After we made it back to South Carolina, we had found ourselves a small place (to have some where to stay for when we were back home). After settling into our new place, we cleaned out the RV and list it for sale. In the meantime we waited for the Winnebago to be built and get it shipped to us. It was great having a place back home to help make the switch.
A month later our new Winnebago arrived, but our Leisure Travel Van had not sold yet. So we decided it would be better if we just stuck around until it did.
Then the beginning of November 2019 had rolled around. Caliber's cough had subsided over the last couple months, but now her chin started to swell up.
I took her to vet and they didn't have any answers. They said they could do an x-ray. What good would an x-ray do? Tell me my pug was dying now too? I was not ready to go through this again. So, I decided against it and left. Two weeks went by and her chin had gotten even bigger. So, I took her back to the vet, and this time the vet said it's probably cancer. But without undergoing tests they weren't really sure. This time they said they would prescribed her meds and sent us on our way. Over the next few weeks she had seen the vet, but there was nothing that could be done. Caliber's chin just kept getting bigger and worse. It eventually caused her to loose a couple of her bottom teeth. And it had gotten to the point that I had to hand feed her because she was no longer able to pick up her food on her own to eat.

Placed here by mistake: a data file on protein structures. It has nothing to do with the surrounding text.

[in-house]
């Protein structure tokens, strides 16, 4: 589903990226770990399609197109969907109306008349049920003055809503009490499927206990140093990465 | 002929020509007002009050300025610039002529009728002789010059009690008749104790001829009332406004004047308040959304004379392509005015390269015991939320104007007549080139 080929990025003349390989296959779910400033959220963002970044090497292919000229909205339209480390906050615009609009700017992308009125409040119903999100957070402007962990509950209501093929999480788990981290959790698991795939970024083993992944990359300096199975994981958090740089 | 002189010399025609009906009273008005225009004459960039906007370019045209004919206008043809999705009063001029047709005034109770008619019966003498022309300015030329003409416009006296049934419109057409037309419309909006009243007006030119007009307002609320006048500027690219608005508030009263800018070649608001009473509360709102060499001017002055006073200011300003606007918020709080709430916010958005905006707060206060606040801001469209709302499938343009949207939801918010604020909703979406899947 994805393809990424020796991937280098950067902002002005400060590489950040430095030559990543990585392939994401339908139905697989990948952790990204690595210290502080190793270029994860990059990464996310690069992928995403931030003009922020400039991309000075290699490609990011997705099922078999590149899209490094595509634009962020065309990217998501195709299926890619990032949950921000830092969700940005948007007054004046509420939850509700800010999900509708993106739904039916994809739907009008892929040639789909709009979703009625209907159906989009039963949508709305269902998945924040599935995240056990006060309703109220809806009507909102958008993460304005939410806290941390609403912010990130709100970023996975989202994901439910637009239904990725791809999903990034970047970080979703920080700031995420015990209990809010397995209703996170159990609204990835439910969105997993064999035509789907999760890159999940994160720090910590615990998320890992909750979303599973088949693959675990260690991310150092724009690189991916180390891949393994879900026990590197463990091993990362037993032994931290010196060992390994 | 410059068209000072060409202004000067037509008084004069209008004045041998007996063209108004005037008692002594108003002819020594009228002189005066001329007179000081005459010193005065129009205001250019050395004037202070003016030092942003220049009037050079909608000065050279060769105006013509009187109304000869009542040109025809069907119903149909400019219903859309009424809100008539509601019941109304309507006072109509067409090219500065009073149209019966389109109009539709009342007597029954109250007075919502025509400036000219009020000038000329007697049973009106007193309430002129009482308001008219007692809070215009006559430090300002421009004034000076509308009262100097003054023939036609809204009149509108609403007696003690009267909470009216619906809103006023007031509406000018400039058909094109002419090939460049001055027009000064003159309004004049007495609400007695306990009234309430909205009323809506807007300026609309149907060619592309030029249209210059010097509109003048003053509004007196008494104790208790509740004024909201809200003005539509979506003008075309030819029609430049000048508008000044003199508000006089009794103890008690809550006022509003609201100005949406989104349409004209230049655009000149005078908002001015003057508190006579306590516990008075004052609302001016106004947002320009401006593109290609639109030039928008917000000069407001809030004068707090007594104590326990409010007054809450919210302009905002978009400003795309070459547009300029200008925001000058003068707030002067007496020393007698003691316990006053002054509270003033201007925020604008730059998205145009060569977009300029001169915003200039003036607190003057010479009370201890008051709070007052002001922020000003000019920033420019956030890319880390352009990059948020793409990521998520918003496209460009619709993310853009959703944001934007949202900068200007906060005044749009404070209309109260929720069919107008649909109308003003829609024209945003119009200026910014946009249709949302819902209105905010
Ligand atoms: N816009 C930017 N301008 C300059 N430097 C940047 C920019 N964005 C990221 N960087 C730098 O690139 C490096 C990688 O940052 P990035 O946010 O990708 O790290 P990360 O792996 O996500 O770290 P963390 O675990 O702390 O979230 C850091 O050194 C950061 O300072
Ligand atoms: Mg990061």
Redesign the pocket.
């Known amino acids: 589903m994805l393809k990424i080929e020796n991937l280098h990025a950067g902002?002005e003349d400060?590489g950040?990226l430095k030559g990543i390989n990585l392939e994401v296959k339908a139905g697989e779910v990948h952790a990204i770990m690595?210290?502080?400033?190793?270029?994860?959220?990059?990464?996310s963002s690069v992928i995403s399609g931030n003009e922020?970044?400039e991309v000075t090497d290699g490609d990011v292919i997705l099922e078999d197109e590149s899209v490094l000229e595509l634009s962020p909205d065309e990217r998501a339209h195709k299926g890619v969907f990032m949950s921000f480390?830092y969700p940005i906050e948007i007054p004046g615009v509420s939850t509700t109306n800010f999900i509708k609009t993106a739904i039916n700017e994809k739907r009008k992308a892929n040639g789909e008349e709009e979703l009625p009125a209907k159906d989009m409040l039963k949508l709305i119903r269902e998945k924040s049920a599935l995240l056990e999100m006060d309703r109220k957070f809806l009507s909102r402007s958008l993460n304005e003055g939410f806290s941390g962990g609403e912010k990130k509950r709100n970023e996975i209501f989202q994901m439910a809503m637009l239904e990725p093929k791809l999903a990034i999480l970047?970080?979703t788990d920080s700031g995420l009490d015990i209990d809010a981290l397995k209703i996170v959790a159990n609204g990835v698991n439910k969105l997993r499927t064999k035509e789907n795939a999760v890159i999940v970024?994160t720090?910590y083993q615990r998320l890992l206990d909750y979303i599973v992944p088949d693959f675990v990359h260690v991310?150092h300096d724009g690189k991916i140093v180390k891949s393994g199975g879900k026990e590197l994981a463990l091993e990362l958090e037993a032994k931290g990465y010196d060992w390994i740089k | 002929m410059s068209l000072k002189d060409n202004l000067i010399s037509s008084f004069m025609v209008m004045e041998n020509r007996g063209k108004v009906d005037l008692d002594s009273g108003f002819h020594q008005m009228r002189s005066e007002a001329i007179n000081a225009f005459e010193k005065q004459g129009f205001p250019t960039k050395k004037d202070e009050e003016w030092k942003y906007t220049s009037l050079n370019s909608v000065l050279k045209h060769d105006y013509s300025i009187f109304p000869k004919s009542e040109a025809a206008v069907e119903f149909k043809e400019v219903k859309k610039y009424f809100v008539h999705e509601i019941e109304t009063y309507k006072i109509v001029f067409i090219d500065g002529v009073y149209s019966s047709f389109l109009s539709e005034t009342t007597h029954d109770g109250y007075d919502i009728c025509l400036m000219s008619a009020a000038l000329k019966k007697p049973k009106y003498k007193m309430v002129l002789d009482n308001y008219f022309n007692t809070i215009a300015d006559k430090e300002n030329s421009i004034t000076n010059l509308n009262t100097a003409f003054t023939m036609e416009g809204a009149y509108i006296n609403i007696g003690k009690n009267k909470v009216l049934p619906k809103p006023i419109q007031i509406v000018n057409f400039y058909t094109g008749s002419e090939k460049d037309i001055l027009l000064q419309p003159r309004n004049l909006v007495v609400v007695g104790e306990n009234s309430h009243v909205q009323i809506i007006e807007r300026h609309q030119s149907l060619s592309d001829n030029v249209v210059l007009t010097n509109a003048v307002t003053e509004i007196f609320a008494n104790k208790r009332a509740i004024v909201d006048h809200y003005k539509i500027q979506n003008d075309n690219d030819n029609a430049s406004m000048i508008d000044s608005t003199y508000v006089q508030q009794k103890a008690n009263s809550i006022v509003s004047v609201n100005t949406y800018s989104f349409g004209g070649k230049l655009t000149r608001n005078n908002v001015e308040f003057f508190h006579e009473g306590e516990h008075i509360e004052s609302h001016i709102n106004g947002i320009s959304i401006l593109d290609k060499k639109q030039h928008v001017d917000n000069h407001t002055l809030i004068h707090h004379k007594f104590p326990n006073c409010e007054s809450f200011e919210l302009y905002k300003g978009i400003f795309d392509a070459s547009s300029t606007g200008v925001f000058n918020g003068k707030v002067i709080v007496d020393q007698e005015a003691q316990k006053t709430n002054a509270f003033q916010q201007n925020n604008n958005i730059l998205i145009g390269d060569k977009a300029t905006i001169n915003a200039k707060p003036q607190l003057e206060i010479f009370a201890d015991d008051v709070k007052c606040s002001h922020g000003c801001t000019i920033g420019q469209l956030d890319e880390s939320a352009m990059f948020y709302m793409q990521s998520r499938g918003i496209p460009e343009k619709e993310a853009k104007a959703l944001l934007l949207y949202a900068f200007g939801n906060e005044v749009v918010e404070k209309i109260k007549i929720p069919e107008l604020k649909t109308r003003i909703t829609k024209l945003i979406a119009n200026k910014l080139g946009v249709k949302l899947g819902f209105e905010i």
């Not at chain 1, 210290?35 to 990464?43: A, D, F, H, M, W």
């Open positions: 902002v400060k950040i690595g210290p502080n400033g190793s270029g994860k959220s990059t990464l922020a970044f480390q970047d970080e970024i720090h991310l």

It was now Monday December 16th. I knew the days of her life were narrowing down. That morning Caliber greeted me with excitement at my bedside, like she usually does. I took her out for a longer walk than usual in the park, spent the morning with her soaking up the sun, played the afternoon away in the living room, and snuggled together on the couch.
The next morning, December 17th, Caliber came to my bedside for what would be the last time. She greeted me as usual, only this time I could tell her little excitement was gone. I picked her up and hugged her. I knew she was in pain and not doing well at all.
I brought her into the living room and sat her on the couch next to me while I drank my coffee... I'll spare you the details of what happened during this moment. But we knew for sure after what happened that morning, it was her time to go.
On December 17th, 2019 we were heart broken, yet again, as we had to say goodbye to Caliber.
Now here we are, 2020. Dog-less. Empty nesters...
Trying to decided what direction we are heading next.
Looking to the positive side of things. We're loving our new RV! And now that we don't have any pets, we're now open to traveling really differently. Like flying to other countries or taking really long cruises.
We want to know your ideas! Do you have adventure ideas you would like to see us do? Like, hike Mount Everest? Tell us your ideas on Facebook.